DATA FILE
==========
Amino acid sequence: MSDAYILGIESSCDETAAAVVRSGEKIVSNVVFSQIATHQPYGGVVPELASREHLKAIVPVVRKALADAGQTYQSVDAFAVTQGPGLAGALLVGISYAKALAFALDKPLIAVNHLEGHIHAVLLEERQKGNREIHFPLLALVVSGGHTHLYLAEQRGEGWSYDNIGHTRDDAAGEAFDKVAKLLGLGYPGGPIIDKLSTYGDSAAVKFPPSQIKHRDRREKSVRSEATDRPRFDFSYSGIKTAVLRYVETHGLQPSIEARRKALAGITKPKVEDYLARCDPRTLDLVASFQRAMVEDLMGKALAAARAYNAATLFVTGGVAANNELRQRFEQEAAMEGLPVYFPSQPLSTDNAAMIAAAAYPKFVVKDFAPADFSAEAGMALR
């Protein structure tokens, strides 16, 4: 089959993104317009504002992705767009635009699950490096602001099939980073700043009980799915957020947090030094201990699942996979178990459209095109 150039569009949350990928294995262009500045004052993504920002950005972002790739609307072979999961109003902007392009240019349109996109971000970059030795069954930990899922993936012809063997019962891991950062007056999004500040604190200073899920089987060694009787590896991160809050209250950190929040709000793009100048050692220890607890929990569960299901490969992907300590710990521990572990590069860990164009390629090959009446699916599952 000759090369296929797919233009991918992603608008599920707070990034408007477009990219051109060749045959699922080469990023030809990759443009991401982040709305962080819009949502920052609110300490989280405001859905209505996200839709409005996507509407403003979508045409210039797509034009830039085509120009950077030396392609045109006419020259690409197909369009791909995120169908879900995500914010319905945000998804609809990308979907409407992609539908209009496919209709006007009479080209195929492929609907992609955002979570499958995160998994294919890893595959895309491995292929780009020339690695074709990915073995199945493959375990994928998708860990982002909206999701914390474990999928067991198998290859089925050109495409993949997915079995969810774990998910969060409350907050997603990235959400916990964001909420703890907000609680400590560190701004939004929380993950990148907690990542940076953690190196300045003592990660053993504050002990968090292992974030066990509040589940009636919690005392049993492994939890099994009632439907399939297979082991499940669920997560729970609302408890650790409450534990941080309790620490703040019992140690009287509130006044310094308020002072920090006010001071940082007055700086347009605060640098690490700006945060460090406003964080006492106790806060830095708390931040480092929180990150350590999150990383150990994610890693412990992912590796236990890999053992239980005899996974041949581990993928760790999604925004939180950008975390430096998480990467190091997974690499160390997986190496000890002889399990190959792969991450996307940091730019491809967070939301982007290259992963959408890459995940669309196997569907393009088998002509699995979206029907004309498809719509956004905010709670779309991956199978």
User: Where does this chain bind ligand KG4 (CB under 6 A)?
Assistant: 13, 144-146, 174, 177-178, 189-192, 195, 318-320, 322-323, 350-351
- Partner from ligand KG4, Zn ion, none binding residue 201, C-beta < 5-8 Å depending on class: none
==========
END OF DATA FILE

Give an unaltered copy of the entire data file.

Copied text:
Amino acid sequence: MSDAYILGIESSCDETAAAVVRSGEKIVSNVVFSQIATHQPYGGVVPELASREHLKAIVPVVRKALADAGQTYQSVDAFAVTQGPGLAGALLVGISYAKALAFALDKPLIAVNHLEGHIHAVLLEERQKGNREIHFPLLALVVSGGHTHLYLAEQRGEGWSYDNIGHTRDDAAGEAFDKVAKLLGLGYPGGPIIDKLSTYGDSAAVKFPPSQIKHRDRREKSVRSEATDRPRFDFSYSGIKTAVLRYVETHGLQPSIEARRKALAGITKPKVEDYLARCDPRTLDLVASFQRAMVEDLMGKALAAARAYNAATLFVTGGVAANNELRQRFEQEAAMEGLPVYFPSQPLSTDNAAMIAAAAYPKFVVKDFAPADFSAEAGMALR
């Protein structure tokens, strides 16, 4: 089959993104317009504002992705767009635009699950490096602001099939980073700043009980799915957020947090030094201990699942996979178990459209095109 150039569009949350990928294995262009500045004052993504920002950005972002790739609307072979999961109003902007392009240019349109996109971000970059030795069954930990899922993936012809063997019962891991950062007056999004500040604190200073899920089987060694009787590896991160809050209250950190929040709000793009100048050692220890607890929990569960299901490969992907300590710990521990572990590069860990164009390629090959009446699916599952 000759090369296929797919233009991918992603608008599920707070990034408007477009990219051109060749045959699922080469990023030809990759443009991401982040709305962080819009949502920052609110300490989280405001859905209505996200839709409005996507509407403003979508045409210039797509034009830039085509120009950077030396392609045109006419020259690409197909369009791909995120169908879900995500914010319905945000998804609809990308979907409407992609539908209009496919209709006007009479080209195929492929609907992609955002979570499958995160998994294919890893595959895309491995292929780009020339690695074709990915073995199945493959375990994928998708860990982002909206999701914390474990999928067991198998290859089925050109495409993949997915079995969810774990998910969060409350907050997603990235959400916990964001909420703890907000609680400590560190701004939004929380993950990148907690990542940076953690190196300045003592990660053993504050002990968090292992974030066990509040589940009636919690005392049993492994939890099994009632439907399939297979082991499940669920997560729970609302408890650790409450534990941080309790620490703040019992140690009287509130006044310094308020002072920090006010001071940082007055700086347009605060640098690490700006945060460090406003964080006492106790806060830095708390931040480092929180990150350590999150990383150990994610890693412990992912590796236990890999053992239980005899996974041949581990993928760790999604925004939180950008975390430096998480990467190091997974690499160390997986190496000890002889399990190959792969991450996307940091730019491809967070939301982007290259992963959408890459995940669309196997569907393009088998002509699995979206029907004309498809719509956004905010709670779309991956199978």
User: Where does this chain bind ligand KG4 (CB under 6 A)?
Assistant: 13, 144-146, 174, 177-178, 189-192, 195, 318-320, 322-323, 350-351
- Partner from ligand KG4, Zn ion, none binding residue 201, C-beta < 5-8 Å depending on class: none